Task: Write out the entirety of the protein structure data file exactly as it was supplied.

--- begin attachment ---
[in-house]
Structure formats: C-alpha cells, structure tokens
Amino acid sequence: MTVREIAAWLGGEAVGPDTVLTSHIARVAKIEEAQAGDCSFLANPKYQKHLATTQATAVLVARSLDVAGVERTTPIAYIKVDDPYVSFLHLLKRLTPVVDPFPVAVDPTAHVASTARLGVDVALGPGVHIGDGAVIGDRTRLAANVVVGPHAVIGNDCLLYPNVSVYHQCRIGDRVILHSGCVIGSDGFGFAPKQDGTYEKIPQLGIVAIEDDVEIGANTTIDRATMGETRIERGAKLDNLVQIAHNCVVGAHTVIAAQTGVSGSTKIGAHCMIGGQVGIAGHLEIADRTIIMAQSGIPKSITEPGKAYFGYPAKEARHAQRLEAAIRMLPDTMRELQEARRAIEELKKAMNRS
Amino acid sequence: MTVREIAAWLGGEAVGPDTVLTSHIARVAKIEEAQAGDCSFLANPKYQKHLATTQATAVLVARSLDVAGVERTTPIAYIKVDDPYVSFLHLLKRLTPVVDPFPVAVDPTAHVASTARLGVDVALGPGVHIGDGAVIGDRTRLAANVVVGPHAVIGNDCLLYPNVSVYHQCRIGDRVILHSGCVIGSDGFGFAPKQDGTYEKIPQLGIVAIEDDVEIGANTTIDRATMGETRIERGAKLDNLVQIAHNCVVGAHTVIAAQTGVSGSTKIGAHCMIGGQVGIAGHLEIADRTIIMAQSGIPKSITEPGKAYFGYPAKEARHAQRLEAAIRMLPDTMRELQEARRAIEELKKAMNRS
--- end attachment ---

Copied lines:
[in-house]
Structure formats: C-alpha cells, structure tokens
Amino acid sequence: MTVREIAAWLGGEAVGPDTVLTSHIARVAKIEEAQAGDCSFLANPKYQKHLATTQATAVLVARSLDVAGVERTTPIAYIKVDDPYVSFLHLLKRLTPVVDPFPVAVDPTAHVASTARLGVDVALGPGVHIGDGAVIGDRTRLAANVVVGPHAVIGNDCLLYPNVSVYHQCRIGDRVILHSGCVIGSDGFGFAPKQDGTYEKIPQLGIVAIEDDVEIGANTTIDRATMGETRIERGAKLDNLVQIAHNCVVGAHTVIAAQTGVSGSTKIGAHCMIGGQVGIAGHLEIADRTIIMAQSGIPKSITEPGKAYFGYPAKEARHAQRLEAAIRMLPDTMRELQEARRAIEELKKAMNRS
Amino acid sequence: MTVREIAAWLGGEAVGPDTVLTSHIARVAKIEEAQAGDCSFLANPKYQKHLATTQATAVLVARSLDVAGVERTTPIAYIKVDDPYVSFLHLLKRLTPVVDPFPVAVDPTAHVASTARLGVDVALGPGVHIGDGAVIGDRTRLAANVVVGPHAVIGNDCLLYPNVSVYHQCRIGDRVILHSGCVIGSDGFGFAPKQDGTYEKIPQLGIVAIEDDVEIGANTTIDRATMGETRIERGAKLDNLVQIAHNCVVGAHTVIAAQTGVSGSTKIGAHCMIGGQVGIAGHLEIADRTIIMAQSGIPKSITEPGKAYFGYPAKEARHAQRLEAAIRMLPDTMRELQEARRAIEELKKAMNRS